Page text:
I’m taking Biology; Chemistry and History at A Level and I’m in year 12 this September. I’m going to use spaced repetition for biology, making question flashcards (on A7 flashcards) and keep testing myself and moving them into the different coordinated piles, to regularly work on my weaknesses. How long did it take for you to make these flashcards for biology (and/or chemistry) on the Anki App (which would roughly be the same amount of time if I did them on A7 flashcards). It is the best way and how many flashcards did you have. Pls could you give me advice. I would really appreciate it
0
reply
Arifali4
Badges: 11
Rep:
?
#8
Report 1 month ago
#8
Anki is the best tool for biology. Loads of free practice papers for chemistry, look up alevelchem Madasmaths for maths (edexcel).
0
reply
lhh2003
Badges: 10
Rep:
?
#9
Report Thread starter 1 month ago
#9
(Original post by sophielouiseok)
typically yes, when you combine them with your own notes i found them to be sufficient.
theres no harm in buying multiple revision guides either, i found cgp were good but didnt always explain how i needed to understand, so i purchased a different brand off amazon for a few pounds.
at the end of the day, if AQA or whoever produce a textbook or say 'this is the one we recommend' its going to be good enough, its how you learn the content and how you apply it that really matters
personally, i found seneca didn't help my understanding, i just learnt to give the answer they were expecting and got distracted because i was on my laptop, whereas making mind maps from a textbook or revision guide meant i was fully focused on the task.
i would dedicate myself fully to seneca etc, revision guides and textbooks teach you how to answer the questions and how to deal with the information in a way that was needed.
Thank you !!
0
reply
lawlieto
Badges: 14
Rep:
?
#10
Report 4 weeks ago
#10
(Original post by AHB54321)
I’m taking Biology; Chemistry and History at A Level and I’m in year 12 this September. I’m going to use spaced repetition for biology, making question flashcards (on A7 flashcards) and keep testing myself and moving them into the different coordinated piles, to regularly work on my weaknesses. How long did it take for you to make these flashcards for biology (and/or chemistry) on the Anki App (which would roughly be the same amount of time if I did them on A7 flashcards). It is the best way and how many flashcards did you have. Pls could you give me advice. I would really appreciate it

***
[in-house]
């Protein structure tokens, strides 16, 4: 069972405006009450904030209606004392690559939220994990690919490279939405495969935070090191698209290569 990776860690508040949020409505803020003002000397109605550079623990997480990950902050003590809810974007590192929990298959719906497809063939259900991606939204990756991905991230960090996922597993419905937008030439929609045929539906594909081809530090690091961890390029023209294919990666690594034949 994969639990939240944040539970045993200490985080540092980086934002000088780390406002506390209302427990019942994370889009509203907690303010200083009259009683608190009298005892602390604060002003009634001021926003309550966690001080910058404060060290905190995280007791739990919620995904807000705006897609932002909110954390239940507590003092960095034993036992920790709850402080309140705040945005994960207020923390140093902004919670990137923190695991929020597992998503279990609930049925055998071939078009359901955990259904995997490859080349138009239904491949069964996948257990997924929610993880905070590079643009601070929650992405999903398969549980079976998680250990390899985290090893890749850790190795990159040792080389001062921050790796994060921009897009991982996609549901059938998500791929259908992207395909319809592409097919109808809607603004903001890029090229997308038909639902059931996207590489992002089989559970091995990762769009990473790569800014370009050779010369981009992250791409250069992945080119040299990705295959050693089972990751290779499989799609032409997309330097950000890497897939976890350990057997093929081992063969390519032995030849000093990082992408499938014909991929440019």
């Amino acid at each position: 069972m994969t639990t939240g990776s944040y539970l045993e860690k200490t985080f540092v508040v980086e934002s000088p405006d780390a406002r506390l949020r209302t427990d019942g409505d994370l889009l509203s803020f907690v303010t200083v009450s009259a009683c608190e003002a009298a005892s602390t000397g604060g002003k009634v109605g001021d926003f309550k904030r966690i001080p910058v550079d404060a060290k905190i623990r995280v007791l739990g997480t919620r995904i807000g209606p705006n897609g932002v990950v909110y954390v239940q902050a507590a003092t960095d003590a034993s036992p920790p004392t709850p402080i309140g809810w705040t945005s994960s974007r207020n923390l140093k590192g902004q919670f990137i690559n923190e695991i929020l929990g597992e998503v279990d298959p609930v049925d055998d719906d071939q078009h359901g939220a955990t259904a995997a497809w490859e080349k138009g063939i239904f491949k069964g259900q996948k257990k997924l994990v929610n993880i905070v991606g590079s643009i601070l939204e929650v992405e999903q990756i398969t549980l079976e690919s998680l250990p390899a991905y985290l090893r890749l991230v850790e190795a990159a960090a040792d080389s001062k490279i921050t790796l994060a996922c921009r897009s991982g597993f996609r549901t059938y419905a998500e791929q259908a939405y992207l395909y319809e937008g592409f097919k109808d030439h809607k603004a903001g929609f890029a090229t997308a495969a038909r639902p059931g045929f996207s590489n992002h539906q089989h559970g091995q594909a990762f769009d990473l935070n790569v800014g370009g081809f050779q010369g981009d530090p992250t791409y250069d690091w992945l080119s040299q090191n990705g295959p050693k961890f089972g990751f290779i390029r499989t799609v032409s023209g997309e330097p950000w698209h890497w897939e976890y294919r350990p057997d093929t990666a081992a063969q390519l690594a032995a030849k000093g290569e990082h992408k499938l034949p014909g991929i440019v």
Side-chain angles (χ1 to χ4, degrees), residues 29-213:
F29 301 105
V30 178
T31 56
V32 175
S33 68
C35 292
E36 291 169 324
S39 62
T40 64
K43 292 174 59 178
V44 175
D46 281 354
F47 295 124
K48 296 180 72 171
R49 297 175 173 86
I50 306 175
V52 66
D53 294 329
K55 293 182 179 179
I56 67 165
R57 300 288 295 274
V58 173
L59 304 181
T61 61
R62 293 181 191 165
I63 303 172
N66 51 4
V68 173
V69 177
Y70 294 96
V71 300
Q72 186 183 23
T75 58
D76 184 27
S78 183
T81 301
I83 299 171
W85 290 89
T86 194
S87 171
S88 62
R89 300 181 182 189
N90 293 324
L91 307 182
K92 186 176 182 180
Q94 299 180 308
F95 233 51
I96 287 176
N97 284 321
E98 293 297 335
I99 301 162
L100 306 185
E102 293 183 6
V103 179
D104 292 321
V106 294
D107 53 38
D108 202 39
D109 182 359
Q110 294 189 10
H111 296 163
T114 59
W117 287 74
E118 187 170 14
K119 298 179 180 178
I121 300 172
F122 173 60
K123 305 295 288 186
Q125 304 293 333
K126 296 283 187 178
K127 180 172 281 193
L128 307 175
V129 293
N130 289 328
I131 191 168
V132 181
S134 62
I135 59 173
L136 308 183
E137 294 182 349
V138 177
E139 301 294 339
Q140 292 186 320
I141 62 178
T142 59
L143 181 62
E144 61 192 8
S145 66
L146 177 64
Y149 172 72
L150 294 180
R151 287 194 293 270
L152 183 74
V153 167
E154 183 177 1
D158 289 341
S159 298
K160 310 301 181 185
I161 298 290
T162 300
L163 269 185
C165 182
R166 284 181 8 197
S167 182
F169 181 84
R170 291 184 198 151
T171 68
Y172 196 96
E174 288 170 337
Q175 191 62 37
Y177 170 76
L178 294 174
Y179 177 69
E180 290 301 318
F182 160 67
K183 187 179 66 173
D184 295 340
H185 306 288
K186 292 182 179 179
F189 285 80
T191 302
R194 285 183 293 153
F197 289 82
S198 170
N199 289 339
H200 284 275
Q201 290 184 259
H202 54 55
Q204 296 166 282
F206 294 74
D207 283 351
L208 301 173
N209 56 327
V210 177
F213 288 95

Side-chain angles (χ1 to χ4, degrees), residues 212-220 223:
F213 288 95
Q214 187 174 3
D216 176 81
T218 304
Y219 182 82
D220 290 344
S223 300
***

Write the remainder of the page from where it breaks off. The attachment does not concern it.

So what I did was a bit lazy: I take written notes while learning things because it helps organise my thoughts. Then I just take pictures with Anki XD If you go super lazy, you could even take pictures from a book, but I think it's better to have your own written notes.
0
reply
CurryCurry2468
Badges: 10
Rep:
?
#11
Report 4 weeks ago
#11
When you finish a topic in class or as you go through a topic start collating the key ideas from the topic into a mindmap.
This way you could read from the mindmap and when you feel that you are confident with that topic start doing topic based questions.
Alternatively you could attempt to jot down the ideas from the mindmap from memory onto a blank sheet of paper. Then you could check if you missed any ideas and jot them down in a different colour so when you revisit your notes on that topic you will know that this was the concept you struggled with.
0
reply
X

Quick Reply

Attached files
Write a reply...
Reply
new posts
Back
to top
Latest
My Feed

See more of what you like on
The Student Room

You can personalise what you see on TSR. Tell us a little about yourself to get started.

Personalise

University open days

  • Cardiff Metropolitan University
    Undergraduate Open Day - Llandaff Campus Undergraduate
    Sat, 19 Oct '19
  • Coventry University
    Undergraduate Open Day Undergraduate
    Sat, 19 Oct '19
  • University of Birmingham
    Undergraduate Open Day Undergraduate
    Sat, 19 Oct '19

Why wouldn't you turn to teachers if you were being bullied?

They might tell my parents (19)
7.04%
They might tell the bully (27)
10%
I don't think they'd understand (44)
16.3%
It might lead to more bullying (99)
36.67%
There's nothing they could do (81)
30%

Watched Threads

View All
Latest
My Feed

See more of what you like on
The Student Room

You can personalise what you see on TSR. Tell us a little about yourself to get started.

Personalise